COVID-19 Medical Director update

3 April 2020

I am asking specialists from around the country to write short pieces on the latest evidence regarding COVID-19, titled ‘Opinion from an Expert’ advice. I have highlighted the key points below alongside links to the full summary article.

Two examples of the kinds of think pieces I’m seeking are below. One was written by Stephen Ritchie, an Infectious Disease Specialist in Auckland, and the other by Professor Jeremy Krebs, a Diabetologist in Wellington.

The key things that stand out for me in these articles is that nasal symptoms are reported as relatively rare with coronavirus; that initial reports on asymptomatic transmission were wrong; and that coronavirus is primarily spread by droplets. 

Additionally, the articles note that patients with diabetes have a higher morbidity rate; that more young people with Type1 diabetes are being hospitalised with ketoacidosis, and that it is unknown if there is a difference in risk between those with Type 1 and Type 2 diabetes. Professor Krebs also emphasises the need to vaccinate for flu and to continue angiotensin converting enzyme inhibitors ACE’s and ARB’s. 

A snapshot of the experts’ key points:

Steven Ritchie, Infectious Disease Expert

  • SARS-CoV-2 virus is an illness primarily characterised by a fever and cough.
  • In Wuhan, most people diagnosed with coronavirus were admitted to hospital, regardless of the severity of their illness. Very little is known about the clinical features of people who had very mild symptoms (more than 80 percent of total coronavirus cases).
  • Clinical information about Chinese coronavirus cases is likely to have included more cases at the severe end of the disease spectrum.
  • The mean time from symptom onset following exposure was 7.1 days.
  • Notably, nasal congestion was an uncommon symptom.
  • Coronavirus is transmitted via contact and droplets produced by symptomatic patients. Airborne transmission was not suspected in analysis of 75,465 coronavirus cases from China reported to the World Health Organisation1.
  • Early in the coronavirus epidemic in China, it was reported that asymptomatic people were able to transmit disease , but this report was incorrect.
Read Stephen's full article.

Professor Jeremy Krebs, Diabetes Expert

  • There is currently not enough data to conclude whether individuals with diabetes are more likely to contract coronavirus than the general population.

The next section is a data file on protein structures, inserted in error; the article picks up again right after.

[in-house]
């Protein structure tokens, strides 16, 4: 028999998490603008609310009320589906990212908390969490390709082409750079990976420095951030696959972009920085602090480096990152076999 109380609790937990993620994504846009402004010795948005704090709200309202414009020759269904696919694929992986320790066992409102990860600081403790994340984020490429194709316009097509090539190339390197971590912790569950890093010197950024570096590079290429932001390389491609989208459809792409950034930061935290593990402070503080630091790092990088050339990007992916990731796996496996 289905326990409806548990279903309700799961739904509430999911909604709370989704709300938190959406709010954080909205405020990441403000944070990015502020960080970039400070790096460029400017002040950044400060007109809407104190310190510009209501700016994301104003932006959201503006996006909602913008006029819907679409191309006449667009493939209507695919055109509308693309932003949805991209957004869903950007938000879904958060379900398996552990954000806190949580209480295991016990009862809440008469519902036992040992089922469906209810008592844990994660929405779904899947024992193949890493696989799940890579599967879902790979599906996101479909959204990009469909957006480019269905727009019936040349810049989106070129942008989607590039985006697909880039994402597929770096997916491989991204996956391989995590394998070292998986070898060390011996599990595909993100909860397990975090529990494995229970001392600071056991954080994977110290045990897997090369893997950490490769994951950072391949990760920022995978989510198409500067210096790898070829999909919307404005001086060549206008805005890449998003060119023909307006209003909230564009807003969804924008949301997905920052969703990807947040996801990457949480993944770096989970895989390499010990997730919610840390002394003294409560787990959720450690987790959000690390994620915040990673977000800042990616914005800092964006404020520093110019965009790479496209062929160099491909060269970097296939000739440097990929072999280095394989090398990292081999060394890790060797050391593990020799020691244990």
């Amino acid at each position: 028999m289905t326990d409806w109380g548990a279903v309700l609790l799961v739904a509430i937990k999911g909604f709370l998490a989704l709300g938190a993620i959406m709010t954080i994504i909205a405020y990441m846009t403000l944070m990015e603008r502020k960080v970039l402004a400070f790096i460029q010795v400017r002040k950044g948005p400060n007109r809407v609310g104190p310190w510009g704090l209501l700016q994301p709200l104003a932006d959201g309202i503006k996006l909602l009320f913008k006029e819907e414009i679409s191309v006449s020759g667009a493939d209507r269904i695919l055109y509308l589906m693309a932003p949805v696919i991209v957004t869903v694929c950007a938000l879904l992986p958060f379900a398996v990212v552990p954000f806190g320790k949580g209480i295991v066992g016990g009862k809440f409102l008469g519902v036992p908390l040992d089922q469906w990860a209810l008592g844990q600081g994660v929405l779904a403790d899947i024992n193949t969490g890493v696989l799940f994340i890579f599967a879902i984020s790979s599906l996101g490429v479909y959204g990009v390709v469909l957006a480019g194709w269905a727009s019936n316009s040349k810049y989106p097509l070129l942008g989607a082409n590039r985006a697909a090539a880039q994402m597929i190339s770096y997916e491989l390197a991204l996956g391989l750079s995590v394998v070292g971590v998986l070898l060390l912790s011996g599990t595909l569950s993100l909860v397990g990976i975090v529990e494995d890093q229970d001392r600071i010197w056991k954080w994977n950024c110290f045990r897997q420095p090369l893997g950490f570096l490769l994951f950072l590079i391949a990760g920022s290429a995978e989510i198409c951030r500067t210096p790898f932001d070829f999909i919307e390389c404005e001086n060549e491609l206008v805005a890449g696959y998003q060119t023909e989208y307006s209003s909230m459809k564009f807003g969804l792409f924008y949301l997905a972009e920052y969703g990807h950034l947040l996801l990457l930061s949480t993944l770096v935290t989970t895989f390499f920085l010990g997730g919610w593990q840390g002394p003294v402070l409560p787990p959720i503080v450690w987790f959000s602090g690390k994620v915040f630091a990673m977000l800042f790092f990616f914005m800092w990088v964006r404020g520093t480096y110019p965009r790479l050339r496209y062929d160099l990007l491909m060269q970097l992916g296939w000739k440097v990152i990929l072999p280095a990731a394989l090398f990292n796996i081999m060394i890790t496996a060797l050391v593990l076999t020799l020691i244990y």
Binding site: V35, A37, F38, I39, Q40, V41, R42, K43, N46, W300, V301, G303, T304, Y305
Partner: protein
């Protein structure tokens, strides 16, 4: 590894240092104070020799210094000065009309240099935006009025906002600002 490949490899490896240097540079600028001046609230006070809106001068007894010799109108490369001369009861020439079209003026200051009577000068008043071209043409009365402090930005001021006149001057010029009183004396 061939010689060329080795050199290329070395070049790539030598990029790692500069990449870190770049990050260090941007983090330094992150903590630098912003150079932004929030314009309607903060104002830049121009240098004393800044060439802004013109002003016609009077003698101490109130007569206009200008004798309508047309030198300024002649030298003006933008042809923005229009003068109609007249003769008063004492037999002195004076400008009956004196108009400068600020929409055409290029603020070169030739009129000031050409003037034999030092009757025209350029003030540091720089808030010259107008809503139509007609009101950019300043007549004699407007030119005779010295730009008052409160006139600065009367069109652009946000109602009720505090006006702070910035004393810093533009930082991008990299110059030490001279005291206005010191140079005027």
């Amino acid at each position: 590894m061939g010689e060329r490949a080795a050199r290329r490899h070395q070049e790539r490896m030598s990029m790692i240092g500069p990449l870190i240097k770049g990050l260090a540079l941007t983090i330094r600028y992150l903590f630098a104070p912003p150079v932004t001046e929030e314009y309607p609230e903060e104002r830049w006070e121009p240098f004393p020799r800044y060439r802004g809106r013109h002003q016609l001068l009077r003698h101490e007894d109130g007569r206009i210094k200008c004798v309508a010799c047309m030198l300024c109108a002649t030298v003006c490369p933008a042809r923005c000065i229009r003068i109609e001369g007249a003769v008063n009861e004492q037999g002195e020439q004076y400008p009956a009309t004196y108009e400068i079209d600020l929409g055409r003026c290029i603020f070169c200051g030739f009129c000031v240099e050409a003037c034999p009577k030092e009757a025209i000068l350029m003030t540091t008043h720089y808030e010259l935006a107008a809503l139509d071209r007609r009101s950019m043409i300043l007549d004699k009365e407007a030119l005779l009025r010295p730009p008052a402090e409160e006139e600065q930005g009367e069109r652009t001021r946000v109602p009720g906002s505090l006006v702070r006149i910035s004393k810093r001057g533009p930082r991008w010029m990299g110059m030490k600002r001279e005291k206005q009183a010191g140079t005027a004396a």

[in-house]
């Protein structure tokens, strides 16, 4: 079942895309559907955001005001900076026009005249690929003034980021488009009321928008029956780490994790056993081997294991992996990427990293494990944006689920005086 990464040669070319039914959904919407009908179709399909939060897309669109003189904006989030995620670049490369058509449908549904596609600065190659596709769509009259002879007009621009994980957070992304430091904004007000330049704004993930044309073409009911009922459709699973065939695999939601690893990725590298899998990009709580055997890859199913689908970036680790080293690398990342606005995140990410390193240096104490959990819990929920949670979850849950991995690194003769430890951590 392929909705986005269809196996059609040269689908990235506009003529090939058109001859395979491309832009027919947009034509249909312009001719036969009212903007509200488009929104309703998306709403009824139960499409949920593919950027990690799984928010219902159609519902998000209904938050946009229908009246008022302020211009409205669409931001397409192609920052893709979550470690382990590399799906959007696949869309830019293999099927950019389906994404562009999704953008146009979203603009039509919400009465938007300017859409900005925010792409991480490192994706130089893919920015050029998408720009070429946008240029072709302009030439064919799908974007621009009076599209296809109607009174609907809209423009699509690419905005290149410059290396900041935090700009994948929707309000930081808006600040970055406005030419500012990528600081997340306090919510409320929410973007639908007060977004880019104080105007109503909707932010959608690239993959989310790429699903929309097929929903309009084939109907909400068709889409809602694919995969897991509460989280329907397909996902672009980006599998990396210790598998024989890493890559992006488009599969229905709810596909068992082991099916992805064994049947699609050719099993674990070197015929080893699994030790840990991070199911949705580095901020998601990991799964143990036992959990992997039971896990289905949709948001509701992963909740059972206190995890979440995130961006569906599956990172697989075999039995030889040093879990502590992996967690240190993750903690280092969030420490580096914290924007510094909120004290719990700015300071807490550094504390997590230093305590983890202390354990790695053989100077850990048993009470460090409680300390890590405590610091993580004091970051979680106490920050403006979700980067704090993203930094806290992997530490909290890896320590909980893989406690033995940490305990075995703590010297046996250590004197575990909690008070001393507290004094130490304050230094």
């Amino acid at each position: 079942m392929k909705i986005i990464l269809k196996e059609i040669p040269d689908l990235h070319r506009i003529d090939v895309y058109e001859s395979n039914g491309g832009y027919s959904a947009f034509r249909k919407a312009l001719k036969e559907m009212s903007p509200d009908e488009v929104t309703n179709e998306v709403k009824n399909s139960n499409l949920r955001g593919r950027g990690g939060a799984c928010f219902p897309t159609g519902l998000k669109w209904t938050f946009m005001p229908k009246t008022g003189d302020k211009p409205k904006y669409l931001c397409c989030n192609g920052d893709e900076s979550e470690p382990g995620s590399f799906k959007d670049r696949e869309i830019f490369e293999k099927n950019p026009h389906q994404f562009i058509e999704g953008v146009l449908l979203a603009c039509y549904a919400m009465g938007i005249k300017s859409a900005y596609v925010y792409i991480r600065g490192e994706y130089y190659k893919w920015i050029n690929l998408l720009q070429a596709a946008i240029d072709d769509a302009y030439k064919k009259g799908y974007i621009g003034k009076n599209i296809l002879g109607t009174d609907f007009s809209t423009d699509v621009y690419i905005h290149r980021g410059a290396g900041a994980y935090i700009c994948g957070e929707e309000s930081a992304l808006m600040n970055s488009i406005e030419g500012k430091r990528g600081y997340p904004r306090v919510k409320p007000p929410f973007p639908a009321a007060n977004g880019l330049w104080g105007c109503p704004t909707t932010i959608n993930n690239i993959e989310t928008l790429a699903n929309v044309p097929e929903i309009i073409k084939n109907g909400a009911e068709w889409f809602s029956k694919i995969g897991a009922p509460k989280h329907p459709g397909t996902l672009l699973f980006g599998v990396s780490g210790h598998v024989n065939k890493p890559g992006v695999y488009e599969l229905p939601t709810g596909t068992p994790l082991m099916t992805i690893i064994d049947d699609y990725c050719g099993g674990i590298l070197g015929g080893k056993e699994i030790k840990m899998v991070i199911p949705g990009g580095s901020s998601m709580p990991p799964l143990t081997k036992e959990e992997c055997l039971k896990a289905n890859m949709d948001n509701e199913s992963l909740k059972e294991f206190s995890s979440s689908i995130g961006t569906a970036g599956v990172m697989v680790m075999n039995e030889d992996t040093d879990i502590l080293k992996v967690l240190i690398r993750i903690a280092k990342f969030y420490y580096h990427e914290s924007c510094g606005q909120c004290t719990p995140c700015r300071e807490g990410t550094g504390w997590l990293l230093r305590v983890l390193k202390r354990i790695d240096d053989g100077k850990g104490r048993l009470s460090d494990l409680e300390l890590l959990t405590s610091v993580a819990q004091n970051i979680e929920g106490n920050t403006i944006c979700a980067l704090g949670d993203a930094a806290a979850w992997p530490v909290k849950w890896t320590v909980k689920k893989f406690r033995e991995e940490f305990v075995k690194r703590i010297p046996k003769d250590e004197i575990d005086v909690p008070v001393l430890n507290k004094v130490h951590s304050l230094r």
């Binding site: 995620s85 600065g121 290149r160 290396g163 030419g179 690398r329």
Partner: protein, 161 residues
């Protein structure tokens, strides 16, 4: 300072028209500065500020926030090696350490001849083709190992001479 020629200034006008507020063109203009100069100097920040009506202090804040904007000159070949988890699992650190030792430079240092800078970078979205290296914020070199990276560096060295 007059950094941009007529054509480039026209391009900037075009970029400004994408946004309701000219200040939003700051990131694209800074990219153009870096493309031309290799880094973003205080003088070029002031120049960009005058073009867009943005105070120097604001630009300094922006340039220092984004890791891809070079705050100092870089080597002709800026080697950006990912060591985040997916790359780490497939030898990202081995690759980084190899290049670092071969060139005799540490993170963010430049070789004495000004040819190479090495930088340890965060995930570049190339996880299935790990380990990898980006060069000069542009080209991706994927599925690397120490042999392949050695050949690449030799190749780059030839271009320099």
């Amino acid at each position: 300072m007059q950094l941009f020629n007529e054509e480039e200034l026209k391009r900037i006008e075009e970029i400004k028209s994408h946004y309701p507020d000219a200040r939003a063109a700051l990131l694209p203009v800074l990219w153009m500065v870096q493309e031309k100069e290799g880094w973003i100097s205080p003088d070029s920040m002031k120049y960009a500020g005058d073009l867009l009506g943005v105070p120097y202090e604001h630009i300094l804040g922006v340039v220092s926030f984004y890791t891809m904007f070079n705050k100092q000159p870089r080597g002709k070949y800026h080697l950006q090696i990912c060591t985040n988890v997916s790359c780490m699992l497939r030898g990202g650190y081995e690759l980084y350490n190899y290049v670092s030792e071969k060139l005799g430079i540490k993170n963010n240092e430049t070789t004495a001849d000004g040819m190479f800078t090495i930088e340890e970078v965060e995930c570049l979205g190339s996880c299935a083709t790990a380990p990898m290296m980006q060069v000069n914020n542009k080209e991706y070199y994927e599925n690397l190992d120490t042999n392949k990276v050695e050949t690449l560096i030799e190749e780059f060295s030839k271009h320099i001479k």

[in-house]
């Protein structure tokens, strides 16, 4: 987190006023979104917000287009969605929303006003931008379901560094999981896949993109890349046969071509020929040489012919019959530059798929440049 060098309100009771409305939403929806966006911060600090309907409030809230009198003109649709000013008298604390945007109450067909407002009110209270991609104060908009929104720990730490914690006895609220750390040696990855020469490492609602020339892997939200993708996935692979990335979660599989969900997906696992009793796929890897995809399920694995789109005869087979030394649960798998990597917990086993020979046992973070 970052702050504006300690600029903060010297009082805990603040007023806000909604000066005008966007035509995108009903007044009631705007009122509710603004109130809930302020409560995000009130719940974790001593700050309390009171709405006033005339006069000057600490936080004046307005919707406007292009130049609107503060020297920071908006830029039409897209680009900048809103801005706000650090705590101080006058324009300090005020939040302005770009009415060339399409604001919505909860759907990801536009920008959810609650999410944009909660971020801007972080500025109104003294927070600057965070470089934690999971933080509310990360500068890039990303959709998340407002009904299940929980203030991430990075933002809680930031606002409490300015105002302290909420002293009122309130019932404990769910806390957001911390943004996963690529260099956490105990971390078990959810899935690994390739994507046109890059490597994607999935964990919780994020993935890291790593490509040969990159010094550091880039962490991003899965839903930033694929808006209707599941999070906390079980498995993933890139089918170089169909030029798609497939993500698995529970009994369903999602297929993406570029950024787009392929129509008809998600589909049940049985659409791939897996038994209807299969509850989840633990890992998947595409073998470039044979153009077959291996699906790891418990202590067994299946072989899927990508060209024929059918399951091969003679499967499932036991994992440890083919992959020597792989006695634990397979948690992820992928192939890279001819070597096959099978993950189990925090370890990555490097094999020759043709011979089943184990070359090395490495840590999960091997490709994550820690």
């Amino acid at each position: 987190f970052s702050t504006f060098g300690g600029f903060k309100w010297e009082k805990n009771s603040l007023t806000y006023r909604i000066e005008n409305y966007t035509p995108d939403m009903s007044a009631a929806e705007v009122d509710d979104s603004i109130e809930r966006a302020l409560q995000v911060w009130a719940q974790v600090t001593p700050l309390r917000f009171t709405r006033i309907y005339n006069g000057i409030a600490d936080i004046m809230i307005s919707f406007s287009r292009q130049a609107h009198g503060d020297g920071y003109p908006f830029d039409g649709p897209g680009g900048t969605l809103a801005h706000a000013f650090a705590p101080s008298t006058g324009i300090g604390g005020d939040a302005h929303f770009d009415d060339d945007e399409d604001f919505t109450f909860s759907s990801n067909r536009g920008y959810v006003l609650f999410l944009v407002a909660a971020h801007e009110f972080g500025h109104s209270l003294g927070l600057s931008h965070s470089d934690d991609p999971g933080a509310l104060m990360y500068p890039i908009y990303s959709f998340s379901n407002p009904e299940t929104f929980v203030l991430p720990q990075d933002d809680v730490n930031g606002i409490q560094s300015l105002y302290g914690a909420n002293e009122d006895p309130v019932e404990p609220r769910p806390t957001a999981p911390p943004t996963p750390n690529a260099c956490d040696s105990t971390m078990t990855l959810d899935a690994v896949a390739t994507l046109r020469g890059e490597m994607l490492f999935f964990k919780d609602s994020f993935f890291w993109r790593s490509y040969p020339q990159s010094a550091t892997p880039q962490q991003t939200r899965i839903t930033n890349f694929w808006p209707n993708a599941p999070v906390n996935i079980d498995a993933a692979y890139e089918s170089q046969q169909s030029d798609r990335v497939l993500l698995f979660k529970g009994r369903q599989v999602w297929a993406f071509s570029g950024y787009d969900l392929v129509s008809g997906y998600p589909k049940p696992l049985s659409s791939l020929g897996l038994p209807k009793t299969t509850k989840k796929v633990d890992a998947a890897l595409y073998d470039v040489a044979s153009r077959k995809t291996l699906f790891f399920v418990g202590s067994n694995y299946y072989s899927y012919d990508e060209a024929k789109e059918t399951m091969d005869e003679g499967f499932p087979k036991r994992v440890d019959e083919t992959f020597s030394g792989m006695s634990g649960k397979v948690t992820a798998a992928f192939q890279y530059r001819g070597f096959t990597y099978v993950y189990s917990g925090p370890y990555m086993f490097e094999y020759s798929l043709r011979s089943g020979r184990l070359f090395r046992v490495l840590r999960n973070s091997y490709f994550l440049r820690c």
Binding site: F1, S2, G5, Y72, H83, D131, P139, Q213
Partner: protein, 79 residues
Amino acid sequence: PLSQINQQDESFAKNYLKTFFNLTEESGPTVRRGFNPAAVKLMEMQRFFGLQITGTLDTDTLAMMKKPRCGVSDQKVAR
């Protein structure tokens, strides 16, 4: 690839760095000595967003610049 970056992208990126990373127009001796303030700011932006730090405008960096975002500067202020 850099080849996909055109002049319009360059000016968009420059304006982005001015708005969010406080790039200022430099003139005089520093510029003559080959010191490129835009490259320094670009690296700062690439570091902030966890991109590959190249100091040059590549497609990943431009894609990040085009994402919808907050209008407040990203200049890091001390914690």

• In China, people with diabetes had much higher rates of serious complications and death than people without diabetes if they contracted coronavirus.
  • In general, the more health conditions someone has the higher their chance of getting serious complications from coronavirus.  
  • The Chinese Centre for Disease Control and Prevention reported increased mortality in people with diabetes (7.3 percent versus 2.3 percent overall) in a series of 72, 314 cases. (1)
  • A recent report from24 March from Louisiana in the States showed 41 percent of those who died from coronavirus had diabetes as a co-morbidity, the highest rates reported so far.  
  • It is still unknown whether there is a difference in risk between patients with Type 1 or Type 2 diabetes.
  • An important message for patients is that if they effectively manage their diabetes, the risk of getting severely sick from COVID-19 is about the same as the general population. Prevention against getting coronavirus is very important for people with diabetes.
  • It has been reported that more people with Type 1 diabetes are being hospitalised with ketoacidosis during the pandemic than actually having coronavirus. 
  • People with Type 1 diabetes should frequently measure their glucose levels and check for ketones if they are unwell.Continue to vaccinate for flu, and continue ACE and ARB’s.

Next week, I will be posting the latest advice on asthma, chronic obstructive pulmonary disease and prednisone.

Dr Bryan Betty
Medical Director


  1. Report of the WHO-China Joint Mission on Coronavirus Disease 2019;